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So Youngstown will have a daily named The Vindicator after all. But it’s a brand surviving, not a newspaper.
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Nov. 22, 2017, 9:04 a.m.
Audience & Social

The Reuters Institute for the Study of Journalism released a Turkey-specific supplement to its annual Digital News Report. The supplement, by Servet Yanatma, offers a look at what it’s like to be a media consumer in a highly polarized environment, where roughly the same percentage of people trust the news overall (40 percent) and distrust it overall (38 percent).

In the U.S., meanwhile, Reuters found that 38 percent of people trust the news overall — but Turkey’s national situation is currently quite different, as outlined in the report:

Turkey has been under a state of emergency since a failed coup in July 2016, in which 248 people were killed and hundreds injured, and the political turmoil has had a significant effect on the freedom and independence of the Turkish media. Turkish authorities have shut down over 160 media outlets, including 56 newspapers, 5 news agencies, 27 TV channels, 30 radio stations, 19 magazines, and 29 publishers, by using powers invested under the state of emergency.

While TV remains a popular source of news, online news (including social media, which 13 percent of respondents cited as their main source of news) is increasing in importance:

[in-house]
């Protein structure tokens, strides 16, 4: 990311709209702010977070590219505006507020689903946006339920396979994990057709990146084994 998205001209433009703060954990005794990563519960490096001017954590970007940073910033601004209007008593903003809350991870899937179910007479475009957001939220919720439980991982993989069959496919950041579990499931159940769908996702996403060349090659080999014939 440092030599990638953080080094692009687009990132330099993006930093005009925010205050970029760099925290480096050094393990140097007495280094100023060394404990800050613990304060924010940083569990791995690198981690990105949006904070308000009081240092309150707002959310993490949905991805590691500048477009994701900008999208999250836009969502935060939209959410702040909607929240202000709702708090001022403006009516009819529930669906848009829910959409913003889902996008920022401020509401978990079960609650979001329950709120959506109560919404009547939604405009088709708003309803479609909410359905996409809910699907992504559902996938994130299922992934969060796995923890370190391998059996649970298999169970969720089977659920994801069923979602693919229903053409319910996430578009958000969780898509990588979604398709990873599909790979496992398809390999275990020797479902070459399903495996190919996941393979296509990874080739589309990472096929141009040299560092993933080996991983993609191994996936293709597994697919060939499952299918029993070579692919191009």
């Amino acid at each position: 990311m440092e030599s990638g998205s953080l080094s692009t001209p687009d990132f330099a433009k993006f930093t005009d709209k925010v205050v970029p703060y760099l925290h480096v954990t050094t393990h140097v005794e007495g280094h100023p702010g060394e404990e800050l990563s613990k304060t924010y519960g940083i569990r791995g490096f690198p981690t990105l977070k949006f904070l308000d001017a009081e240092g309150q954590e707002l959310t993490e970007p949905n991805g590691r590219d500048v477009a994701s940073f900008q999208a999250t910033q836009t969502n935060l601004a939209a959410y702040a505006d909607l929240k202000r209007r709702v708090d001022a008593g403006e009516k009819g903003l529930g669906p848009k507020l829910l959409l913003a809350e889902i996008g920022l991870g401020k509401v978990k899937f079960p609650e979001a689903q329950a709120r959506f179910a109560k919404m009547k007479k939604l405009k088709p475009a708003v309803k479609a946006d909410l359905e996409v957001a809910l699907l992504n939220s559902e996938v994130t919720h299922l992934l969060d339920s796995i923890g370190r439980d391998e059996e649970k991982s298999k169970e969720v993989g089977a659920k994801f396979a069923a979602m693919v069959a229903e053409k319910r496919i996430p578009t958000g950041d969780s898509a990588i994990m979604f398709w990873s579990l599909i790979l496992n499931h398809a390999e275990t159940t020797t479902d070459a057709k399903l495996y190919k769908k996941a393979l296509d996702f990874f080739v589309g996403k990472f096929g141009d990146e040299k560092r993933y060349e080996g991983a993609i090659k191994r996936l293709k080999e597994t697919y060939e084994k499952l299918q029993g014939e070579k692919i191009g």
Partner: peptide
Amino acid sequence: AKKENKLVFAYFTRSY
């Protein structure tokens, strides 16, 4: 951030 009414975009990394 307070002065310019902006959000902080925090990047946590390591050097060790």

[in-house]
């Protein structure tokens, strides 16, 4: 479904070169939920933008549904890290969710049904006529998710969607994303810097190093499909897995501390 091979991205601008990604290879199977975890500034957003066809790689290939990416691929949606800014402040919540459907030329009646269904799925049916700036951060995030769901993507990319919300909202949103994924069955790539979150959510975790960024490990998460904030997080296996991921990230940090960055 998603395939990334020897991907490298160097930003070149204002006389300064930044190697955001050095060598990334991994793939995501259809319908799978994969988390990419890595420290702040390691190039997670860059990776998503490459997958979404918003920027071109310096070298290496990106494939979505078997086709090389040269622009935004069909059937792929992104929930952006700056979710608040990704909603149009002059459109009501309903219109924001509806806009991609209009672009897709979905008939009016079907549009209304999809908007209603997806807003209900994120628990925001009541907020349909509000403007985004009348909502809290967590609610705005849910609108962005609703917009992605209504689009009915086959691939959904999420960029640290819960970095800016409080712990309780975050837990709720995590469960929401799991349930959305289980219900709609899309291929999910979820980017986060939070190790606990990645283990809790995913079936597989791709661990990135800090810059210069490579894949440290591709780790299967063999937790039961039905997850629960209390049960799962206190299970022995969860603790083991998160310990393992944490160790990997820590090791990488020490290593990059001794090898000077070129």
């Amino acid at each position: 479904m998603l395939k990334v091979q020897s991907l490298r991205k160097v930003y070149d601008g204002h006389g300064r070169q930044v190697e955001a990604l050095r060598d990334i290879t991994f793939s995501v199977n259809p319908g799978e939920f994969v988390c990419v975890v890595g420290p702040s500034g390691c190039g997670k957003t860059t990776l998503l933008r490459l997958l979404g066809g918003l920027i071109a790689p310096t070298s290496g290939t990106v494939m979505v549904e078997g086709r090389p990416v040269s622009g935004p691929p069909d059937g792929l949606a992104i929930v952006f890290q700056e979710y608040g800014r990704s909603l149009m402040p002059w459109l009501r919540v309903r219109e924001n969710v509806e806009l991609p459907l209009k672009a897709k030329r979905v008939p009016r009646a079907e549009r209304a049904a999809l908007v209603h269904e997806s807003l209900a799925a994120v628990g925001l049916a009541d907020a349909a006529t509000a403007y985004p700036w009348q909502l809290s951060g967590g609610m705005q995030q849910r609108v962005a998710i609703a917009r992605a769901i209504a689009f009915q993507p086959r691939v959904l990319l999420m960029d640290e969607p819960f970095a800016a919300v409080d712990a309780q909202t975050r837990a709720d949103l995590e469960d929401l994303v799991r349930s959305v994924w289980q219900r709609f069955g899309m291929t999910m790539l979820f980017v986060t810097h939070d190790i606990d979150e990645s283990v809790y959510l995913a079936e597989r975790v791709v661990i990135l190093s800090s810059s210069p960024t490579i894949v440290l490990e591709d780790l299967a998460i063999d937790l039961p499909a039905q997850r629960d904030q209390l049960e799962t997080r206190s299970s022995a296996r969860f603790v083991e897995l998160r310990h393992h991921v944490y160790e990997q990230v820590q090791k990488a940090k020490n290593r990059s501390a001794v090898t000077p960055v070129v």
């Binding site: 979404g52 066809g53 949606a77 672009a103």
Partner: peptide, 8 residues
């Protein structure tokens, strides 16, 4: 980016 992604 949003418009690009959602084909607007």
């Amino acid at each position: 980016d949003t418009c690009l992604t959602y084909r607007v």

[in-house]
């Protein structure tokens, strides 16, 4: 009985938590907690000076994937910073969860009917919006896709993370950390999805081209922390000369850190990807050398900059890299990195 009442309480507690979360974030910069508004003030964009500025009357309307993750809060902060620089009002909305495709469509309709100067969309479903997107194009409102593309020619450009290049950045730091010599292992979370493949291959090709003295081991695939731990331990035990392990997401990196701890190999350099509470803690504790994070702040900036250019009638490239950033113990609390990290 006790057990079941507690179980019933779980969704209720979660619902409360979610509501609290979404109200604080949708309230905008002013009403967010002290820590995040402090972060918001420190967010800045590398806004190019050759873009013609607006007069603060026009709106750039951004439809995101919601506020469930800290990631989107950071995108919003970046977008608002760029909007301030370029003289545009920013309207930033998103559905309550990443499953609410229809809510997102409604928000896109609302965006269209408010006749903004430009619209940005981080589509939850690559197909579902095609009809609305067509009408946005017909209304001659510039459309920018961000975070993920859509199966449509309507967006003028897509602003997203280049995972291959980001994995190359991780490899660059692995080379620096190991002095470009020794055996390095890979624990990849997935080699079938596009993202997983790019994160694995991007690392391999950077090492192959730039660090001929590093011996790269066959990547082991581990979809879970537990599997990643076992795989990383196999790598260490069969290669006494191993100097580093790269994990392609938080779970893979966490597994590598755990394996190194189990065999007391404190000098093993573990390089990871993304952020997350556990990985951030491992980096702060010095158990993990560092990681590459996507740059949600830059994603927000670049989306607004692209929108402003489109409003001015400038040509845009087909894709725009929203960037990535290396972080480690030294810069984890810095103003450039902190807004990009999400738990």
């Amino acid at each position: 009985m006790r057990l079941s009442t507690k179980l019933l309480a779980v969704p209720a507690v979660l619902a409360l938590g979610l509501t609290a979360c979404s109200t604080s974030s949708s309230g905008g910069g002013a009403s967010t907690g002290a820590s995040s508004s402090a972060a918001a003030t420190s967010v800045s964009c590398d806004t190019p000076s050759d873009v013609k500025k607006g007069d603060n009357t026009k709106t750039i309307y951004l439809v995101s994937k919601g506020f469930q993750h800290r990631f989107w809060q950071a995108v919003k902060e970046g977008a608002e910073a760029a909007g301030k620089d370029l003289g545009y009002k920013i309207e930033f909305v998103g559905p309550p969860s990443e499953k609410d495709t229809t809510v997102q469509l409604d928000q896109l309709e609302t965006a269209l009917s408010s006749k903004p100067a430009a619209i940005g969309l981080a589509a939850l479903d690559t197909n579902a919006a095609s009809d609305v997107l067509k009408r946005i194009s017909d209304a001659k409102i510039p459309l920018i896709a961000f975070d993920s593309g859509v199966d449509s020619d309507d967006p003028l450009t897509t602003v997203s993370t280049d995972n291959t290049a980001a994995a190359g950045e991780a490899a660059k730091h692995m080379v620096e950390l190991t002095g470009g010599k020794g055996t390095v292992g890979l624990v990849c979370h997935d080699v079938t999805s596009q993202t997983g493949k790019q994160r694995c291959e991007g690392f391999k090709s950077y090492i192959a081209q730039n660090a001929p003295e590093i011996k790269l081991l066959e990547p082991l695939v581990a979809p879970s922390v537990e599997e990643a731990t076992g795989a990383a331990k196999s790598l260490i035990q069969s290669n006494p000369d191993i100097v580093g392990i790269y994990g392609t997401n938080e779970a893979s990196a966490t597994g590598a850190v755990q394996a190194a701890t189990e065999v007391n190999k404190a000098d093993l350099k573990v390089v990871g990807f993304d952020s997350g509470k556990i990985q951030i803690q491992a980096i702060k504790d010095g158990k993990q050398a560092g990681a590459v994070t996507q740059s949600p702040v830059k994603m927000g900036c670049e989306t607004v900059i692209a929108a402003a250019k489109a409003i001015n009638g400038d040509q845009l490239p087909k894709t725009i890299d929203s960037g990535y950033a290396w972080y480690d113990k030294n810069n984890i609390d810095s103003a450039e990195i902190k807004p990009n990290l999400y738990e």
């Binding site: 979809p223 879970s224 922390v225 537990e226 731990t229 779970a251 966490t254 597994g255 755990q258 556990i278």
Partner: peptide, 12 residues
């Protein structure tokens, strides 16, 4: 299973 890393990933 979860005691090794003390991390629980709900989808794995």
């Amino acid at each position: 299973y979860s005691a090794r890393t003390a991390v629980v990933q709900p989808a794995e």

Social media is also Turks’ most distrusted main news source: “45% of respondents distrust the news that they use on social media.” Facebook and Twitter have declined in popularity over time, as WhatsApp has increased:

When we look at the change over time in use of these social networks and applications for news, we can see a remarkable decrease in Facebook and Twitter, particularly in the last year, as Facebook fell by ten percentage points and Twitter was down by five points (see Fig 51). However, Turkey is still at the top of list in the use of Twitter for news in all markets.

Furthermore, we see a striking rise in the use of the closed messaging service WhatsApp, which is up 8 percent. This may be linked to a climate where it is not safe for public servants, in particular, to criticize the government on social media, and so people adopt more secure messaging apps for sharing news.

The full report is here. And consider this a reminder that this year, the Nieman Foundation, along with Turkish Philanthropy Funds, has launched the Robert L. Long Nieman Fellowship “to support the work of exceptional Turkish journalists.” Applications are due by December 1.

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